Sometimes I learn a new skill and I get so excited about it I want to tell everyone.

“I caught wild yeast from my the air in my kitchen and baked bread out of it! And it actually worked!!!”

You caught wild yeast?

“Yeah!  You just make this flour & water mixture and leave it out for a couple of days and it starts bubbling…”

And that’s when I lose them.   I forget that for most people, if you leave food on your counter for a couple of days and it starts bubbling, you throw it straight in the bin and disinfect your hands.  I forget about this reaction when I get so caught up in my new discoveries.

But that bubbling yeasty mix is amazing stuff. It’s your very own homegrown sourdough bread starter.  Every sourdough starter tastes different because it’s using yeast from your local environment.  Some famous bakeries keep their sourdough starters going for years because it has their signature sourdough taste.  If you’re doing Vintage Summer Camp with us, I really think you should try making some.  We’ll bake bread out of it in a couple of weeks.

Ready? Here we go!

How to make sourdough starter from wild yeast

What you’ll need:

Flour (any kind of wheat flour)

Water

A quart sized jar

Cheesecloth, a dishtowel, paper towel or lid to loosely cover the jar.

 

A tip before we begin:

Sourdough starter is like a pet.  It’s needy, especially in the beginning.  You have to feed it every day and pay attention to it to make sure it’s healthy.  It takes about 2 weeks to get a really bubbly, strong starter going, so start this project at a time when you’ll be at home (not right before vacation!).

 

Method

Catch some yeasties

Make sure your jar is really clean.  We’re trying to grow good yeast here, not bad bacteria, so give the jar a good soap-and-hot-water scrubbing before we start.

My starter immediately after stirring

Put 1 cup of flour and 1 cup of water in the jar.  Stir really well for several minutes.  We’re trying to incorporate air into it (because yeast are in the air, and we want them to get into the starter).  Now just cover loosely (I cover with a cheesecloth and then leave the lid ajar) and put in a warm area out of direct sunlight, but somewhere you won’t forget about it.  My starter lives on the end of the kitchen counter.

My starter lives on the counter. Normally it’s also covered with cheesecloth.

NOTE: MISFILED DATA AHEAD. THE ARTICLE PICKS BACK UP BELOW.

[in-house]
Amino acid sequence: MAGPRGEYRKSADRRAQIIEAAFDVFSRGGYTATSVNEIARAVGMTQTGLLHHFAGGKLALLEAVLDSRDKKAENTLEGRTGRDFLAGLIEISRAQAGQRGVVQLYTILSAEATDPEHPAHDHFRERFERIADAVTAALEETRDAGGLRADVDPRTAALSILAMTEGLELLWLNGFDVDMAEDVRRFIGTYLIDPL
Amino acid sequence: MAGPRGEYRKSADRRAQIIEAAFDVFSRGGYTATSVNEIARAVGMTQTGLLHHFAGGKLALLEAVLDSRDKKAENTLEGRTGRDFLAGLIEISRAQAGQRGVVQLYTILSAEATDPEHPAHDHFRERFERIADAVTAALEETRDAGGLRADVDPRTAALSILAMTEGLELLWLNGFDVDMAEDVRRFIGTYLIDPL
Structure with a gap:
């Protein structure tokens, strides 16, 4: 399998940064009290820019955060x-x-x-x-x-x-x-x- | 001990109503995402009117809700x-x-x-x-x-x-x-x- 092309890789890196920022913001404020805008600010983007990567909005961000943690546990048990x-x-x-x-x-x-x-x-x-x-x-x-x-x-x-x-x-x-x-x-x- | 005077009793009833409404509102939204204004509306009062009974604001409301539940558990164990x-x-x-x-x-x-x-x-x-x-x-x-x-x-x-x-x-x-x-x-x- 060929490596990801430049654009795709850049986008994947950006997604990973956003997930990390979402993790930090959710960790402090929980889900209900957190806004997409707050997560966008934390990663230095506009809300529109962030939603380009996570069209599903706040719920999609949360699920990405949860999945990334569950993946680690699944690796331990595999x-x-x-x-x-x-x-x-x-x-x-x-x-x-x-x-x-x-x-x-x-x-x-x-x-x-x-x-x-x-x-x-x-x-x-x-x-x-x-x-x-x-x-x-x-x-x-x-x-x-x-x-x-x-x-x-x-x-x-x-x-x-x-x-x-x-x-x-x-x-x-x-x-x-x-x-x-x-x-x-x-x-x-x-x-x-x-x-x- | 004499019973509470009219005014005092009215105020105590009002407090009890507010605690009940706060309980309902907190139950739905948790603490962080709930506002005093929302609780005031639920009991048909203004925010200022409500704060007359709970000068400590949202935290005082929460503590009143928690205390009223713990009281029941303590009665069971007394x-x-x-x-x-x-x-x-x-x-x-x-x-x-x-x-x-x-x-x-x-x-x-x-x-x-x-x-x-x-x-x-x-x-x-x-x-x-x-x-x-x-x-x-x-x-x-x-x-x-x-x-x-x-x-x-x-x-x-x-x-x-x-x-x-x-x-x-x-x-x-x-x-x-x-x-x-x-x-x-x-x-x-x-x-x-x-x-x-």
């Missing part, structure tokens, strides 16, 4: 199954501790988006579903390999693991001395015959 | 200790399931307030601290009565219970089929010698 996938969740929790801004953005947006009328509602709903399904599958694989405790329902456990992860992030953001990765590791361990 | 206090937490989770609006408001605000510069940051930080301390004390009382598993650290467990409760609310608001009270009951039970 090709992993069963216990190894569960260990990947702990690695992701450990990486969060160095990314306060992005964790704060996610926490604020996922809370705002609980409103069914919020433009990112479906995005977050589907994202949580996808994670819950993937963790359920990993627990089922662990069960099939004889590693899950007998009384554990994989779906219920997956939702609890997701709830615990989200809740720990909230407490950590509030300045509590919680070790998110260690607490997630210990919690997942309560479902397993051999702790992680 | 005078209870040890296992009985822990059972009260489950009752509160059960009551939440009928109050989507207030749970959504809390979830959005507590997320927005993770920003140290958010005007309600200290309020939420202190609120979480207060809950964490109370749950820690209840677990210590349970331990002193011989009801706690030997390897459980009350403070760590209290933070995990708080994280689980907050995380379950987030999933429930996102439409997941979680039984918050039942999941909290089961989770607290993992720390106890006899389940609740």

It won’t do anything for awhile.  Sometimes you’ll see bubbles after 12 hours, other times it takes 2-3 days to get going.  But be patient, and check your starter at least every day.  Give it a good stir or shake if you think about it.  Once it starts bubbling you won’t be able to stop checking it, because it’s so fascinating (or maybe that’s just me…)

The very first few bubbles after 12 hours or so

The first time you see it creating little bubbles, smell your starter and remember the smell … you may not like the smell but getting familiar with how the starter looks, smells and acts will give you clues in the future about when it’s ready to be used, or when it needs to be fed.

 

Keep your starter happy

Every day, check your starter and see how it’s doing (look & smell).  It should look bubbly and might get some clear, brownish liquid on the top.  That’s ok, just stir the liquid back in.

Every day you need to feed your starter.  The first time you feed it, just add 1 cup of flour and 1 cup of water.

After the first feeding, throw away (compost!) about one cup of your starter, and then add in equal parts flour and water (say, 1/2 c. of each).

(Once your starter gets really bubbly, you won’t need to throw it away – you can use that one cup to bake bread!  But in the beginning we need to get rid of some or we’d end up with a HUGE batch of very hungry starter.)

When your starter looks really active and bubbly, after about 7-10 days, you’re ready to bake some bread.  Now you can slow down your starter by putting it in the fridge, and then you only have to feed it every 2-3 days.  Or if you want to bake regularly with it, leave it out on the counter and keep feeding daily.

Make sure to pay attention to how your starter looks and smells everyday.  If the smells changes and starts smelling bad, or if it grows mold or otherwise looks unhealthy, you’ll want to throw it out and start again.  But as long as you use a clean, loosely covered container, and check/feed it daily, you really shouldn’t have any problems!

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Making Sourdough Bread gets you the baking badge at Vintage Summer Camp.

 

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